Washington, DC - A Pentagon plan billed as a way to protect active military ranges from environmental lawsuits would also shield private defense contractors from liability for their pollution of groundwater and soils, according to agency specialists represented by Public Employees for Environmental Responsibility (PEER).
The proposed legislation, officially unveiled last week before Congress, not only exempts munitions and the weapons systems from hazardous waste laws, but also the chemical "constituents" inside the munitions as explosives or as propulsion or rocket fuel. The most widely known such chemical is perchlorate (C104), the main ingredient in solid rocket fuel. Several of the nation's fastest-growing states, such as Nevada, Texas and California, are currently facing potentially crippling water shortages due to groundwater contamination by perchlorate. Perchlorate interferes with iodide uptake into the thyroid gland, the key event leading to changes in development or tumor formation.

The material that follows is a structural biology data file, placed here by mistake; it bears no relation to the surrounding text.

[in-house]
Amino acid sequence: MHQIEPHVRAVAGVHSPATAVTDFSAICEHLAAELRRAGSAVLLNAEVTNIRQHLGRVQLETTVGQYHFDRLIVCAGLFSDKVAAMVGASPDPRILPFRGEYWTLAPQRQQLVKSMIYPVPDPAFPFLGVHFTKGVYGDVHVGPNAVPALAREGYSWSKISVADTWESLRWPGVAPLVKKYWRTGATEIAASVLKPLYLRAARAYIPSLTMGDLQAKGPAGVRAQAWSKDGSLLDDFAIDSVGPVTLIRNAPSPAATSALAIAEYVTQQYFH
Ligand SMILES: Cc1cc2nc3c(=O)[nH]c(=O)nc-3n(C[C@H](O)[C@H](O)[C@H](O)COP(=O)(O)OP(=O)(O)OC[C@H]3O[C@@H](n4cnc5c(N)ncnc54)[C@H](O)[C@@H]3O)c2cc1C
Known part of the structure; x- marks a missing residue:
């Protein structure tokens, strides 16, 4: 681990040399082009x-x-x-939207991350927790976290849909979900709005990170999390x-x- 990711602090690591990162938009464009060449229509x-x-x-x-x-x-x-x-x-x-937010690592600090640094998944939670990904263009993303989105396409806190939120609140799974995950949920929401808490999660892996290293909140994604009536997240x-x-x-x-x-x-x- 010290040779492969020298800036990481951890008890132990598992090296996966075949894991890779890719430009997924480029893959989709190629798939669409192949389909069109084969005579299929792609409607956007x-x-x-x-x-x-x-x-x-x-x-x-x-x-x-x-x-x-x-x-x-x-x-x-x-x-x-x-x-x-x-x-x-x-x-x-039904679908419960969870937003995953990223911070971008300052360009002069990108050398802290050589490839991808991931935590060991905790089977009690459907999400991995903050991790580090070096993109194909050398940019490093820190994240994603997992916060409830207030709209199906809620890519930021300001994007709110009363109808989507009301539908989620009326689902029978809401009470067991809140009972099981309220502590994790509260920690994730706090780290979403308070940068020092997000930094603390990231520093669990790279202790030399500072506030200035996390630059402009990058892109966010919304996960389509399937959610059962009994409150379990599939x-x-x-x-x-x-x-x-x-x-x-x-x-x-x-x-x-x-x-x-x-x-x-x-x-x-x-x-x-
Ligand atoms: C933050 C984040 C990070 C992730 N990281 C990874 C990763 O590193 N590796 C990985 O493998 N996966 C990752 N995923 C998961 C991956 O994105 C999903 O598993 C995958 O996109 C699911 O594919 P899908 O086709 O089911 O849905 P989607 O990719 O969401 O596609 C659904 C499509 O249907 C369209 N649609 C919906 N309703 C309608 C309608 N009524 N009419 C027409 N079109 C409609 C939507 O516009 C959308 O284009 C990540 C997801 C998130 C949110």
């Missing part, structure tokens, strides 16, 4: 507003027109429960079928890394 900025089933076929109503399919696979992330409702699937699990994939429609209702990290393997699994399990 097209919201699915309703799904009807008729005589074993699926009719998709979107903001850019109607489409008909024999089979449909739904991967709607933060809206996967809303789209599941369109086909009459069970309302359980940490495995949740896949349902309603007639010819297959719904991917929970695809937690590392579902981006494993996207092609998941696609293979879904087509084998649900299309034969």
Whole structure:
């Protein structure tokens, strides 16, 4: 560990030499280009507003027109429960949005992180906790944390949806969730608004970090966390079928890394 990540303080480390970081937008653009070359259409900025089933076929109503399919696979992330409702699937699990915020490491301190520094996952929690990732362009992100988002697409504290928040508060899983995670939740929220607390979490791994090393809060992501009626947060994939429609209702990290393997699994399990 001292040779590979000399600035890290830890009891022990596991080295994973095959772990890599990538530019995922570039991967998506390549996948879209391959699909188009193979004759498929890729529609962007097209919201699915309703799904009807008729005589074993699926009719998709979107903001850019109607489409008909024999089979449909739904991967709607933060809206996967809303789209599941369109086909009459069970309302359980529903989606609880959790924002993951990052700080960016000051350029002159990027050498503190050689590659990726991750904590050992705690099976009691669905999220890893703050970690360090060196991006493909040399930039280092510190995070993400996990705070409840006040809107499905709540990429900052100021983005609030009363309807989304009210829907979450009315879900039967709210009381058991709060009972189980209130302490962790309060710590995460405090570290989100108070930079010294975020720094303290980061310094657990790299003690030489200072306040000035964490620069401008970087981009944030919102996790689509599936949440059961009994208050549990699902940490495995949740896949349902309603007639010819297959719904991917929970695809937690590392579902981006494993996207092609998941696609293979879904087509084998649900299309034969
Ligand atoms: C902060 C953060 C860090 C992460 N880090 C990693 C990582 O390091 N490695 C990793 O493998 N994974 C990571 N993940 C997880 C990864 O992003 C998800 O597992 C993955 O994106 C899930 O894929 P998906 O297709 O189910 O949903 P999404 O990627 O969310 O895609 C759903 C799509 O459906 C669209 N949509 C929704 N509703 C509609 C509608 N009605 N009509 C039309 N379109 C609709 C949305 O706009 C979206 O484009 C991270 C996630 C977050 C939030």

By its terms, the Pentagon proposal [Sec. 2019(2)(B)] would -
Allow Lockheed Martin, Boeing, Kerr McGee, General Dynamics, and other defense contractors to release perchlorate, royal demolition explosive, high-melting point explosive, TNT, dioxane, Trichloroethane, and other highly toxic chemicals into the soil;
Prevent state governments and citizens from using anti-pollution laws to stop contamination or force responsible companies to clean up polluted sites because the chemicals would no longer be categorized as hazardous waste; and
Limit US EPA response to only those very few cases where the defense site sits directly on top of a drinking water source under the standards of the Safe Drinking Water Act. Consequently, residential areas far from military bases may have far less protection from the advancing plumes of chemical contamination.
"The whole point of national defense is to protect Americans, not poison them," commented PEER Executive Director Jeff Ruch whose organization revealed the Pentagon's plans to mount a four year campaign to rollback an array of environmental statutes."The Pentagon is falsely promoting these changes as mere 'clarifications' of environmental law, but in fact they are sweeping rewrites."